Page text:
The author herself, born in Somalia, suffered forced genital mutilation as a child and fled an arranged marriage to a stranger; growing up she was also educated to despise infidels, particularly Jews. When she arrived as a refugee in Holland, she took up work as an interpreter among Dutch Muslims and saw firsthand numerous examples of the problems and traumas of Dutch Muslim women and also men. She then became an MP, in the hopes of implementing public policy that would assist immigrants. In her book, and in speeches and interviews that she has given, she criticizes a "multicultural" or "politically correct" approach to the immigrant communities, which allows those communities to operate entirely with their own separate set of values and not assimilate any conception of individual, universal rights and personal freedom.
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95 of 101 people found the following review helpful By Peter Uys HALL OF FAME on January 13, 2007
Format: Hardcover
In this perceptive work, Ayaan Hirsi Ali explores a major problem of our times with admirable fluency and erudition. In the preface she points out the similarity in attitude towards the Soviets by leftists then and Islamic culture now by the adherents of multiculturalism. Because of the victim culture, those intellectuals refuse to criticize oppressive practices as Muslims are perceived to be victims of the West. For the same reason, Israel is fiercely condemned because it belongs to the West while the Palestinians get a free pass. She considers this wrongheaded and racism in its purest form, the idea of the "other" that must be shielded at all costs.

She asks the advocates of the multicultural society to acquaint themselves with the suffering of women who are treated as chattels. The notion of "group rights" are detrimental to Muslim women, and without emancipation, the socially disadvantageous position of Muslims will persist. She laments the fact that Muslim women are not listened to and calls for self-examination in the culture. Hirsi Ali also deals with the clash of cultures in Europe and examines the triangles of power in the Muslim world itself: the triangle of the strong leader, the clergy and the army, and the triangle of apathy, fundamentalism and refugees/emigration.

The author provides a brief history of her early childhood in Somalia and her personal emancipation when she emigrated to the Netherlands and explains why she had to leave Holland for the USA. There is also an interview with prominent Canadian Muslim reformer Irshad Manji, a chapter on genital mutilation and 10 tips for Muslim women who wish to leave their oppressive circumstances. A full transcript of the documentary film Submission is included, the movie that led to the death of Theo van Gogh.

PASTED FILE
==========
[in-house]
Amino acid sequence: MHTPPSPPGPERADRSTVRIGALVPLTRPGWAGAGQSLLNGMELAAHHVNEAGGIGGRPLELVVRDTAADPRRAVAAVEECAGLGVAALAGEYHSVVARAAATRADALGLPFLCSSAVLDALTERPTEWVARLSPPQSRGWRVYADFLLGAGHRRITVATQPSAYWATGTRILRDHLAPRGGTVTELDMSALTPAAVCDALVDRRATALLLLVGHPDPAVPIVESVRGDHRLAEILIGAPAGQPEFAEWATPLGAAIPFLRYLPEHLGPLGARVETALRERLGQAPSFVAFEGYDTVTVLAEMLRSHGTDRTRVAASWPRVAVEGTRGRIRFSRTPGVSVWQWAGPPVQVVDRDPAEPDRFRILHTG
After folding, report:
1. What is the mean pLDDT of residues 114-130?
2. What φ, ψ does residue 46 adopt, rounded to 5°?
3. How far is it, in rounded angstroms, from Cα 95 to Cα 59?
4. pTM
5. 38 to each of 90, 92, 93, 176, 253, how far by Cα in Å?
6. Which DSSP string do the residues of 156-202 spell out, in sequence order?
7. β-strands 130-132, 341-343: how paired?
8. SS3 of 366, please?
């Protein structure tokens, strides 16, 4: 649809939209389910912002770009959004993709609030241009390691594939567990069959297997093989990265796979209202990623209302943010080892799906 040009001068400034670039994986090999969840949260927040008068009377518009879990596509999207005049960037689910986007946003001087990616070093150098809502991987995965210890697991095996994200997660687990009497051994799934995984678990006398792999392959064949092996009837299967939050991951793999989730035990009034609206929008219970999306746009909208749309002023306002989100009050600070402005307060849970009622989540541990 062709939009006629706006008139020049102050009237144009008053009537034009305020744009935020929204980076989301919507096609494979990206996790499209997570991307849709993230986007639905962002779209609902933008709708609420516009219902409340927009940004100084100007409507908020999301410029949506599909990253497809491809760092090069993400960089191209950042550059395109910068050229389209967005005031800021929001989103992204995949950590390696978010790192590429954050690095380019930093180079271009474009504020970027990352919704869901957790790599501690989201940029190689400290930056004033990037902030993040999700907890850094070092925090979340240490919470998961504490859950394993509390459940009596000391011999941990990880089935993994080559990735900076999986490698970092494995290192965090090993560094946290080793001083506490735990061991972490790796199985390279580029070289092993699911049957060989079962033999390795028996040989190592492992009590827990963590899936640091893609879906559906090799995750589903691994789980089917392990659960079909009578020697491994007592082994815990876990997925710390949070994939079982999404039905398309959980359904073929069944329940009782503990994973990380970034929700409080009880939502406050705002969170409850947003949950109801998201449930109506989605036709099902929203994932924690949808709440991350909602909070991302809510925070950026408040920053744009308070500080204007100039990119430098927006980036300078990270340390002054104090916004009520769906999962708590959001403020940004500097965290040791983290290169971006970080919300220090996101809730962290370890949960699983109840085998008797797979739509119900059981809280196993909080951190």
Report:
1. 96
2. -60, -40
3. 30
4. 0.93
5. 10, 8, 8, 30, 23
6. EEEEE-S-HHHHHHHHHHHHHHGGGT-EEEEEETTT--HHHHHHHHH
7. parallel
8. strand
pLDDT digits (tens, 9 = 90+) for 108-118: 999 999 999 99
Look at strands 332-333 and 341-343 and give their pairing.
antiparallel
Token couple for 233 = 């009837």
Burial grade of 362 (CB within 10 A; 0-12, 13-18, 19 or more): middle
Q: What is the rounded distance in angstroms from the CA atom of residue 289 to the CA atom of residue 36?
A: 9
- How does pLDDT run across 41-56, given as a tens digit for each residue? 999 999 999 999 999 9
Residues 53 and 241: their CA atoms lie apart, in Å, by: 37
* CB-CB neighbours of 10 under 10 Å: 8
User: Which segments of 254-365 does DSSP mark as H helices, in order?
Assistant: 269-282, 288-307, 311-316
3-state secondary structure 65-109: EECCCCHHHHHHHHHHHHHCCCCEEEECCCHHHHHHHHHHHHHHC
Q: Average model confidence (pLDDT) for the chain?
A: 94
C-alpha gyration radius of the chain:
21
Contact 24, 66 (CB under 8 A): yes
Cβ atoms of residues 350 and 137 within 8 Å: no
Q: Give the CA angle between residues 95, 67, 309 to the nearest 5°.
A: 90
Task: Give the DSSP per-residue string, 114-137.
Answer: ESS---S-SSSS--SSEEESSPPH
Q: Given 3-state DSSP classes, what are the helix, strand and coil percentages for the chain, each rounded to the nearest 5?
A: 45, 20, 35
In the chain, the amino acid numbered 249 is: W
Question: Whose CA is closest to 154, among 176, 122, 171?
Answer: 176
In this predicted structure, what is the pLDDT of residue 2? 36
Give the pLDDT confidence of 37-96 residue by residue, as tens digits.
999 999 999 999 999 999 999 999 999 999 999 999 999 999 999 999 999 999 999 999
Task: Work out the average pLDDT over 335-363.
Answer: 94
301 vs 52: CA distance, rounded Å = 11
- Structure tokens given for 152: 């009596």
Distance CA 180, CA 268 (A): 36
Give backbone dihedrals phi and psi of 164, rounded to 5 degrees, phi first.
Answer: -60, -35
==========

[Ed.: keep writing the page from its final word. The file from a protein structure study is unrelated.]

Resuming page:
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163 of 192 people found the following review helpful By scg on January 1, 2007
Format: Hardcover
After reading the reviews I went back and read the book a second time highlighting and marking it up as I went. I did this because I won't be one giving this book four or five stars and I want to be fair to the author.

I must give credit where credit is due. Ms. Ali demonstrates an enormous amount of courage and great personal risk to herself to speak out against the seventh century warlord culture of Islam. Just look what happened to Van Gogh for making the film with her. As Ms. Ali correctly points out Islam is intolerant of any criticism. She even quotes another individual "You have no right not to be insulted in a democracy" which is something Islam cannot cope with.

Ms. Ali's theme of the brutality and subjugation of women in Islam strikes home for me. I have seen this in other parts of the world as I have lived over half my life outside of the US in some countries where walking about without a firearm in your immediate possession was an invitation to your death. Few Americans, most Westerns as well, have zero knowledge of the second class status of women in other parts of the world. Also with three daughters and three grand daughters of my own it gets as close to home as I care to have it.

I have attended school with male students from Saudi Arabia, Jordan, Burma, and Kenya where Islam is alive and well. They are spoiled - period. These students, while polite guests in the US enjoying things they deny others, made no bones about people outside the elite or royal family. Their view of women was such that animals had not only more rights but greater value. Ms Ali's theme of genital mutilation of women falls right in this vein of discussion.

I was pleased to see Ms.